Tom Cotton In 1997: Women's 'Greatest Fear' Is Men Leaving Them

GOP Senate Candidate Wrote In Sexist Editorial That Women's 'Greatest Fear' Is Men Leaving Them

If the Republican Party is trying to connect with female voters, Arkansas Senate candidate Tom Cotton may not be the one to help them do it.

Cotton, a freshman congressman who is running for Senate in 2014, warned feminists in a 1997 article for the Harvard Crimson that no-fault divorce will backfire on them by enabling their husbands to leave them for trophy wives.

"Feminists say no fault divorce was a large hurdle on the path to female liberation," Cotton wrote. "They apparently don't consult the deepest hopes or greatest fears of young women."

Cotton, who is unmarried, wrote that he surveyed several women -- whom he referred to as "Cliffies," or female students at Radcliffe -- and they all told him the same thing: that their "greatest fear" in life was to be left by their husbands, and their "deepest hope" was to be "a good wife and mother." To that end, he says, feminists should stop trying to make it easier to get divorced.

"If men have easy access to divorce, many will choose it thoughtlessly," he wrote. "They may not gain true happiness with their new trophy wives, but they certainly will not slide into the material indigence and emotional misery that awaits most divorced women."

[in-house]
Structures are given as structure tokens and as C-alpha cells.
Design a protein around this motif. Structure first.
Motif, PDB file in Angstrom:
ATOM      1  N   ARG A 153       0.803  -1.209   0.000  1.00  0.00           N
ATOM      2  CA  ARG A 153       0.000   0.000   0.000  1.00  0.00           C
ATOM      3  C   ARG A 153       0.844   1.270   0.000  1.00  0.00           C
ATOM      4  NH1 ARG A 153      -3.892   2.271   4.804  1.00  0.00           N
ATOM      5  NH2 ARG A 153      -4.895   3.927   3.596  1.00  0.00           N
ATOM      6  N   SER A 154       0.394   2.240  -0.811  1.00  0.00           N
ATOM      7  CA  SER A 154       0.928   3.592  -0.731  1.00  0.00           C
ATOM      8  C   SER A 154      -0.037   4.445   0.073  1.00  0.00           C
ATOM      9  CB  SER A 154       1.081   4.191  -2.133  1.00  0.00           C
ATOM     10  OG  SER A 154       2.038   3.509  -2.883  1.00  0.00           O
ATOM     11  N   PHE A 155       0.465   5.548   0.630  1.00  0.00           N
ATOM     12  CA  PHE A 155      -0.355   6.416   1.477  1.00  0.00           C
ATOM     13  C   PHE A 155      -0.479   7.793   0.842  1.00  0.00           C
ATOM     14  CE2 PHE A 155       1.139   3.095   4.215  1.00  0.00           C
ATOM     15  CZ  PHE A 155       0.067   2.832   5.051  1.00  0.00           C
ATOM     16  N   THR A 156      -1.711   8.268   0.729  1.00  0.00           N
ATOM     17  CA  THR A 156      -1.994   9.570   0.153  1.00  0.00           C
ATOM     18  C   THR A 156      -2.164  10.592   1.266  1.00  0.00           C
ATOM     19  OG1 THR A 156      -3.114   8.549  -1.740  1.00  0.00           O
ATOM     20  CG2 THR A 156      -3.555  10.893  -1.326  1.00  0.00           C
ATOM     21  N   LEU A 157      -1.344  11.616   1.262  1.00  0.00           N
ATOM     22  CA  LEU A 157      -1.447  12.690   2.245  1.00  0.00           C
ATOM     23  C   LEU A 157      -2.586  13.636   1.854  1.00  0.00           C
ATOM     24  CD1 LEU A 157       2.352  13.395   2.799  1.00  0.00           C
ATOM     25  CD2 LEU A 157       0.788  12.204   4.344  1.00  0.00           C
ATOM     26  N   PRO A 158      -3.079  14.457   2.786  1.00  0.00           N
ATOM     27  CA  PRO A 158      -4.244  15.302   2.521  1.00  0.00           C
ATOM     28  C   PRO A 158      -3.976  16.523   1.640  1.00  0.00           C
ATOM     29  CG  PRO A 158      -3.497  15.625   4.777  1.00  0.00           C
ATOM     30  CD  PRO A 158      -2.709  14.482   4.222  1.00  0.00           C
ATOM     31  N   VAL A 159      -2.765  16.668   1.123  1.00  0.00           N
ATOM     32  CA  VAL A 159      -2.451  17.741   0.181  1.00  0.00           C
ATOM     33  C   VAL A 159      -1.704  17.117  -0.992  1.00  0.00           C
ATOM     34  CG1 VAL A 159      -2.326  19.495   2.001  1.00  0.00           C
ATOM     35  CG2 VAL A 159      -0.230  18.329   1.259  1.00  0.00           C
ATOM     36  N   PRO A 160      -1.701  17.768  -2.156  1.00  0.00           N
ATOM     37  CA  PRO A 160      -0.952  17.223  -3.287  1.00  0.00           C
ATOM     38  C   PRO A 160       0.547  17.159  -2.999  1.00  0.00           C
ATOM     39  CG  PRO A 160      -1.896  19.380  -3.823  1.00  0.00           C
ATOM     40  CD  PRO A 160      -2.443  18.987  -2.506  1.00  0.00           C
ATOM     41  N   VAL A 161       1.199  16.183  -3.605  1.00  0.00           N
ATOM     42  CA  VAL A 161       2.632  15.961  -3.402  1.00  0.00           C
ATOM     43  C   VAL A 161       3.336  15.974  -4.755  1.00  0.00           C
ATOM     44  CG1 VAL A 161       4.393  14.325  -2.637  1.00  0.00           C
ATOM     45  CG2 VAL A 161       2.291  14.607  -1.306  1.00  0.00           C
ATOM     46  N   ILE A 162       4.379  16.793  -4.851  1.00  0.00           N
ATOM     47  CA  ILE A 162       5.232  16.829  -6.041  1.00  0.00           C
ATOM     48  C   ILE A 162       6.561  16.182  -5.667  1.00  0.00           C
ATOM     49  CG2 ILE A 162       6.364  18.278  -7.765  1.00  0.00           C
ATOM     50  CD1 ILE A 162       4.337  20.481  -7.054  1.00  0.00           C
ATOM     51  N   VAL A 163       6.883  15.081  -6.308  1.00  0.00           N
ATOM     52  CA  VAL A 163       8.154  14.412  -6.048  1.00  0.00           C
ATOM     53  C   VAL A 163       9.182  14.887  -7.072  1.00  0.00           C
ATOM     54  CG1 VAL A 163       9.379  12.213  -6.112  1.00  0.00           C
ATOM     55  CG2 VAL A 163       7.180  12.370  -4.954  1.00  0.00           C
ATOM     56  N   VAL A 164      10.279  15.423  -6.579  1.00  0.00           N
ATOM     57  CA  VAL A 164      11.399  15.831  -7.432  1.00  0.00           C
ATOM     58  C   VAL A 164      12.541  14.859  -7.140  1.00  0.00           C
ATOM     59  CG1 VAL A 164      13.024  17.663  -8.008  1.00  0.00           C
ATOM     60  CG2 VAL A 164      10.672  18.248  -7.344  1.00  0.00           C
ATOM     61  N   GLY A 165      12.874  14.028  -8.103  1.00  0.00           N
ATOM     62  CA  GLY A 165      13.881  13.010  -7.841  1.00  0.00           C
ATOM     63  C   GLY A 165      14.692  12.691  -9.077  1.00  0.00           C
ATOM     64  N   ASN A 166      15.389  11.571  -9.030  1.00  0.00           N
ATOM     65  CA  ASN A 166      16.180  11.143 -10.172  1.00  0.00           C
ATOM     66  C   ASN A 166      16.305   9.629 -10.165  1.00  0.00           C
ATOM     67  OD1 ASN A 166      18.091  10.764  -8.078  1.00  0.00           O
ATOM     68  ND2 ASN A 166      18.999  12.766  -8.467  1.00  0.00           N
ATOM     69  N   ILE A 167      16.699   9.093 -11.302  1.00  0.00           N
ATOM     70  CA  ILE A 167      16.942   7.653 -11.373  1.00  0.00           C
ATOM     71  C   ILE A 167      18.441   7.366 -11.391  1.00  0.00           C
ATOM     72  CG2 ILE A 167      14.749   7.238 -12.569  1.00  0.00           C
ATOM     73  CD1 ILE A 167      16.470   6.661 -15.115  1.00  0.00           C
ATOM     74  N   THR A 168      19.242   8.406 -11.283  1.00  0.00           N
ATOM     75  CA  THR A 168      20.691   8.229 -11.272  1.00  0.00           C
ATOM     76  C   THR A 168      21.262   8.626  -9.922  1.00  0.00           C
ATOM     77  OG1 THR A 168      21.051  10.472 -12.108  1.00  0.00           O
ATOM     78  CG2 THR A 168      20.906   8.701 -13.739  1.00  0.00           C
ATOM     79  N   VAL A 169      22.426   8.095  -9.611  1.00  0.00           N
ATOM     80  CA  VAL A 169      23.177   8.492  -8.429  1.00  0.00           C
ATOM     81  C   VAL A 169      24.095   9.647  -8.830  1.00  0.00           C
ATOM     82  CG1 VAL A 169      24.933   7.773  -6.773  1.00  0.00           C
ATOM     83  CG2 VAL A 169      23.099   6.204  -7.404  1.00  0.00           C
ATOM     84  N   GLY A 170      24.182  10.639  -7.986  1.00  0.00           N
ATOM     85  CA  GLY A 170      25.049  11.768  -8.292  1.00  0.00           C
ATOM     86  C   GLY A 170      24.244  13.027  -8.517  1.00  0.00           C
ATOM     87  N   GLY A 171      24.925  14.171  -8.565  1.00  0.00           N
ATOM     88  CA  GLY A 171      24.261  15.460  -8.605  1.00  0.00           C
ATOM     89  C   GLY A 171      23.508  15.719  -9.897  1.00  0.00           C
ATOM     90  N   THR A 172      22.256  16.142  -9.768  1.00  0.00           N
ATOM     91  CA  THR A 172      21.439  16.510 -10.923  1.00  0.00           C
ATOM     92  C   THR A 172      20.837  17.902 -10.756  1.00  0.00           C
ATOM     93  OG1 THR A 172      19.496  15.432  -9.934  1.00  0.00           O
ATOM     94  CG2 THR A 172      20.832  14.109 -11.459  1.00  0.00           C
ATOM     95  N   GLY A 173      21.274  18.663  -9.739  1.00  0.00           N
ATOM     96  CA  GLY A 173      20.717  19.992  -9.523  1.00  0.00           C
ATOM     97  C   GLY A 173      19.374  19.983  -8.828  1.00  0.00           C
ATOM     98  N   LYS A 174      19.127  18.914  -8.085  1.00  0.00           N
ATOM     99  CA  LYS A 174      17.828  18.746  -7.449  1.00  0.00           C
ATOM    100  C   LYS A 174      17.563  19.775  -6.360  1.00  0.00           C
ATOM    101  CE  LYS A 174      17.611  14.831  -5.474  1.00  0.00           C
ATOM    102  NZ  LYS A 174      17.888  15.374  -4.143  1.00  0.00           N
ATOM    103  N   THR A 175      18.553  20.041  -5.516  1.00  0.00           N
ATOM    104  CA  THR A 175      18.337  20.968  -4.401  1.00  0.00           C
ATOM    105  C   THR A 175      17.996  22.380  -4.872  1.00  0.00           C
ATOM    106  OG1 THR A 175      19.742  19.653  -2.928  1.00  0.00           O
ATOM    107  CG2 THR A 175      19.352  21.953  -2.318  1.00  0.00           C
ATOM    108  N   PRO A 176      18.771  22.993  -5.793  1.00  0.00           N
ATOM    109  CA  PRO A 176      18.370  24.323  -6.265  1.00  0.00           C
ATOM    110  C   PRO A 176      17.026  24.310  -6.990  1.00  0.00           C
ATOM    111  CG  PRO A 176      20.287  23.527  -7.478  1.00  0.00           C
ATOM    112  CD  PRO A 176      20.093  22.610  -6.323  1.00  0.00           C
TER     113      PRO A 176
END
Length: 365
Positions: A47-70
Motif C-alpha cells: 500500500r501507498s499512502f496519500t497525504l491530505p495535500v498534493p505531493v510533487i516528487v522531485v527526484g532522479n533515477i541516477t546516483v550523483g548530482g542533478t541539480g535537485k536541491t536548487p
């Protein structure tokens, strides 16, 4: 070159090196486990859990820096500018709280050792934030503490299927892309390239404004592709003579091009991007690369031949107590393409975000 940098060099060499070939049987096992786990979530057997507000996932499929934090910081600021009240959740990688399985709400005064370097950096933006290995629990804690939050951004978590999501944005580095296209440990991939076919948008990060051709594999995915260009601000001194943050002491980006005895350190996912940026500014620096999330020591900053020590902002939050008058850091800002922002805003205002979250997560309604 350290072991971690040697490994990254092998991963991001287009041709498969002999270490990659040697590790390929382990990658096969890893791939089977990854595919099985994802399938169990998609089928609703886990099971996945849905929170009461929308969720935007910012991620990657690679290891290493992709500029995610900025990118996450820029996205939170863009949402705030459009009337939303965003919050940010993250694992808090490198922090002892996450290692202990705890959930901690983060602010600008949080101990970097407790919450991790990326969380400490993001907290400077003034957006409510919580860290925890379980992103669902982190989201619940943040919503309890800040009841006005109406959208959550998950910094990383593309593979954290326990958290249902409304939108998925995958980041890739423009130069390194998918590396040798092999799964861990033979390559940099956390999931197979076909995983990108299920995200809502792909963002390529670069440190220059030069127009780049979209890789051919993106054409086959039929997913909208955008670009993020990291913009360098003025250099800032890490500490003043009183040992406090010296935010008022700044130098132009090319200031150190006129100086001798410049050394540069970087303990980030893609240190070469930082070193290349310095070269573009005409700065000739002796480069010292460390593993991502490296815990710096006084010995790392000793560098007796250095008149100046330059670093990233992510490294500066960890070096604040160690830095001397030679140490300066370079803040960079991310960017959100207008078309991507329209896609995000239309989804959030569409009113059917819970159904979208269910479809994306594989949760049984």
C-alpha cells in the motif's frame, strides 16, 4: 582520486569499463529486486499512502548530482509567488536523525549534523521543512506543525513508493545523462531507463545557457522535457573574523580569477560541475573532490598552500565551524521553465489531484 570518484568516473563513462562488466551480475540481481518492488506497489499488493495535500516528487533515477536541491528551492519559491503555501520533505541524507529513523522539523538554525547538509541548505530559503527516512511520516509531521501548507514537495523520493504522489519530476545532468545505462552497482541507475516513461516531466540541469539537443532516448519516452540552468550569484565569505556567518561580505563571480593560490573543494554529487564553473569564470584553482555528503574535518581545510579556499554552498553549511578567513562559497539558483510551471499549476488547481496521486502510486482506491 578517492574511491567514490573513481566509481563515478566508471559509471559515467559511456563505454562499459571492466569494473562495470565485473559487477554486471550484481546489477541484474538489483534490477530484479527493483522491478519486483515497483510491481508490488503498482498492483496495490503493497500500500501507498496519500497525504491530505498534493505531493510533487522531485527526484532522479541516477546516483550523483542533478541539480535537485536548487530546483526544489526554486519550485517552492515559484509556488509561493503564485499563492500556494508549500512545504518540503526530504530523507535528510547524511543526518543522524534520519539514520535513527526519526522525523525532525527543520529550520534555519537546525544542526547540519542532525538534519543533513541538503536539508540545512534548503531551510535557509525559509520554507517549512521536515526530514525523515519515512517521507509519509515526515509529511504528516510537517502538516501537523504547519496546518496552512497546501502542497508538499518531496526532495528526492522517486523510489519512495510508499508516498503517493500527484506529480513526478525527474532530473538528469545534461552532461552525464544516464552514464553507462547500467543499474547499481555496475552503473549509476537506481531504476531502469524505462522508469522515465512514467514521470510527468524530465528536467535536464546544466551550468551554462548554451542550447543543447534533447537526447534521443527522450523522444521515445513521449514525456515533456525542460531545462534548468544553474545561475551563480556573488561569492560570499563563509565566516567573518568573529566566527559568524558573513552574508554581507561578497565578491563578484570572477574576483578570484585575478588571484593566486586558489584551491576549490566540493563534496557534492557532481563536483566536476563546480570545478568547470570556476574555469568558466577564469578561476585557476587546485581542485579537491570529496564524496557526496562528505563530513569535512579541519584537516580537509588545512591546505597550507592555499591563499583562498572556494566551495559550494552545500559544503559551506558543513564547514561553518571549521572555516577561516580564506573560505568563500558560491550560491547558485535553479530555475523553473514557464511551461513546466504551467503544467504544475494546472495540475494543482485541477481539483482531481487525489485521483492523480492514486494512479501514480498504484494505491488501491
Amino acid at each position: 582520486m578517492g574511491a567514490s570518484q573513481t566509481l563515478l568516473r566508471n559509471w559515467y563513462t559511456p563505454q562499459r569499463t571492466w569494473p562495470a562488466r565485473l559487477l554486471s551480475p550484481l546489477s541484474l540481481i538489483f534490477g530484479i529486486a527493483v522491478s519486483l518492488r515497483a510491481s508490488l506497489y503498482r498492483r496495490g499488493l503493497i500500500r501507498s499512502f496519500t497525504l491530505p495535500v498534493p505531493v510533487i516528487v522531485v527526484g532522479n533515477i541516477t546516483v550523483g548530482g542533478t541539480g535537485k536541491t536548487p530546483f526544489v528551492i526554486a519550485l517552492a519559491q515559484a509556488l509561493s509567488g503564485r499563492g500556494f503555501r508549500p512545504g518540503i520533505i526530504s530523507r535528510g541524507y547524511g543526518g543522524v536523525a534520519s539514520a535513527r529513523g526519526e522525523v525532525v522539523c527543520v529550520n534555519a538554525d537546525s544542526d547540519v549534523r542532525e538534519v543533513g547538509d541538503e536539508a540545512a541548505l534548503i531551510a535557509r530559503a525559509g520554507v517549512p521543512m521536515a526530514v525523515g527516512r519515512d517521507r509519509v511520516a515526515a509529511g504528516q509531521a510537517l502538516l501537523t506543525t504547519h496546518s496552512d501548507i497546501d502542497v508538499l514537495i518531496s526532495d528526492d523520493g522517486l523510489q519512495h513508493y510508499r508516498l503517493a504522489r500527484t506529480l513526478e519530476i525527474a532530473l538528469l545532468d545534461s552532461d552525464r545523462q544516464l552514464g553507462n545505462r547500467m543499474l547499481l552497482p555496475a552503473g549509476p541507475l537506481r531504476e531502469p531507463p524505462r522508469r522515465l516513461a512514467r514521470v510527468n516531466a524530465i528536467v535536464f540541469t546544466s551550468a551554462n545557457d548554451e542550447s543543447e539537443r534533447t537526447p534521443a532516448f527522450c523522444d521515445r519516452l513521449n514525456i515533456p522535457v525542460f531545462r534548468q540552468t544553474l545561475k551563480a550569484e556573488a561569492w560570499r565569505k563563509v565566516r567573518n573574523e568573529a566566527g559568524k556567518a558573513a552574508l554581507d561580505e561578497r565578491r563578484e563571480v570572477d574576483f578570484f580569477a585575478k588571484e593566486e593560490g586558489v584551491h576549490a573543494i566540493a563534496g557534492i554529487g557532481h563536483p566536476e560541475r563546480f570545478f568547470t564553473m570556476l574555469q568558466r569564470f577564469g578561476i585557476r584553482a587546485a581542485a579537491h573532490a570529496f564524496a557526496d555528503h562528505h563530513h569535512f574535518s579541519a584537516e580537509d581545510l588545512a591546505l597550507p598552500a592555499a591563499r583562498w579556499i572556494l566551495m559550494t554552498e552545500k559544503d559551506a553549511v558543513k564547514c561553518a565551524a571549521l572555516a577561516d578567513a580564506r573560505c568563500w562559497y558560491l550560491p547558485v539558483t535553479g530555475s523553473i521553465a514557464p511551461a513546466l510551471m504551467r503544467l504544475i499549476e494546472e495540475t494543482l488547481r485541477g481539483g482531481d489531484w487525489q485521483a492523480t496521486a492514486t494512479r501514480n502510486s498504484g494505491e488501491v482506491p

Cotton tried to make the case for "covenant marriages," in which people can only divorce in cases where there's fault, "defined as abandonment, physical abuse, adultery or conviction of a capital crime."

The National Organization for Women denounced covenant marriage in 1997 when Louisiana became the first state to create it as a legal category, arguing that it was intended to trap women in bad marriages and re-establish patriarchy. But Cotton wrote that women should support the policy in order to restrain men from leaving, so that they will stay and "fulfill women's deepest hopes."

"[Men] can learn that personal happiness comes from the desire to devote and sacrifice oneself to one's beloved," he wrote. "A few men can see this by themselves, and women are quite lucky to hook them. Ordinary women must not only defend these men against feminism, but also demand that all other men accept the lifelong nature of marriage. If not, one-half of all women who marry see their ‘greatest fear’ come true."

Laws allowing no-fault divorce across the country were considered a victory for women's rights in the 1970s. A 2003 Stanford Business School study found states that passed no-fault divorce laws saw a 20 percent reduction in female suicide after 20 years and a 33 percent reduction in domestic violence and murder against women.

Cotton's campaign did not immediately comment on whether the congressman stands by the article, but Cotton remains a staunch social conservative. He opposes abortion rights, equal pay for women, marriage equality and women in combat, and he voted against every version of the Violence Against Women Act that has come up since he took office.

Cotton is challenging Sen. Mark Pryor (D-Ark.), the lone Democratic senator in an increasingly Republican state. Sen. Kirsten Gillibrand (D-N.Y.) began personally fundraising for Pryor this week, writing in an email to supporters that Cotton is "recklessly anti-woman."

CORRECTION: This article previously cited a 2004 Stanford Business School study on no-fault divorce. The study was published in 2003.

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